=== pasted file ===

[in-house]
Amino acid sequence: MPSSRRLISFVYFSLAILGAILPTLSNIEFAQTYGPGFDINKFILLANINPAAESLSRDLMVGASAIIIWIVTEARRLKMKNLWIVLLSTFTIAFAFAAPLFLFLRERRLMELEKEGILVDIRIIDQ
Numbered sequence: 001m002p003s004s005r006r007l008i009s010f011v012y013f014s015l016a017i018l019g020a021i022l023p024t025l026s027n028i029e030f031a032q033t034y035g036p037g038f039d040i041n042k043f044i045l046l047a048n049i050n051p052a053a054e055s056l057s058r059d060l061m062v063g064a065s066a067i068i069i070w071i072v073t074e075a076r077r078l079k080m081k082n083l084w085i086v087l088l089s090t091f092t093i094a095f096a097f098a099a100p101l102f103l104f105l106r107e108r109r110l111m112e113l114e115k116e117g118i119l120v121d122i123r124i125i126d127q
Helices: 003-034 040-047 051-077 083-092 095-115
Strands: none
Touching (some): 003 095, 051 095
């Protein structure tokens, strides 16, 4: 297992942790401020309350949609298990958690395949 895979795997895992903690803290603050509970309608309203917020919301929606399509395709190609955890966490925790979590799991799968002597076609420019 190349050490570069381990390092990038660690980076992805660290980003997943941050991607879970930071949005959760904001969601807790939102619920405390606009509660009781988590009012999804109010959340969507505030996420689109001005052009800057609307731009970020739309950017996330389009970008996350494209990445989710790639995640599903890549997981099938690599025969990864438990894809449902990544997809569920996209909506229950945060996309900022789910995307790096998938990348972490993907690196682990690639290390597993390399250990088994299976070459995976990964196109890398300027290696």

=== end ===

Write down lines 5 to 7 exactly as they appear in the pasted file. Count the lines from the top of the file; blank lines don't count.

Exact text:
Strands: none
Touching (some): 003 095, 051 095
């Protein structure tokens, strides 16, 4: 297992942790401020309350949609298990958690395949 895979795997895992903690803290603050509970309608309203917020919301929606399509395709190609955890966490925790979590799991799968002597076609420019 190349050490570069381990390092990038660690980076992805660290980003997943941050991607879970930071949005959760904001969601807790939102619920405390606009509660009781988590009012999804109010959340969507505030996420689109001005052009800057609307731009970020739309950017996330389009970008996350494209990445989710790639995640599903890549997981099938690599025969990864438990894809449902990544997809569920996209909506229950945060996309900022789910995307790096998938990348972490993907690196682990690639290390597993390399250990088994299976070459995976990964196109890398300027290696």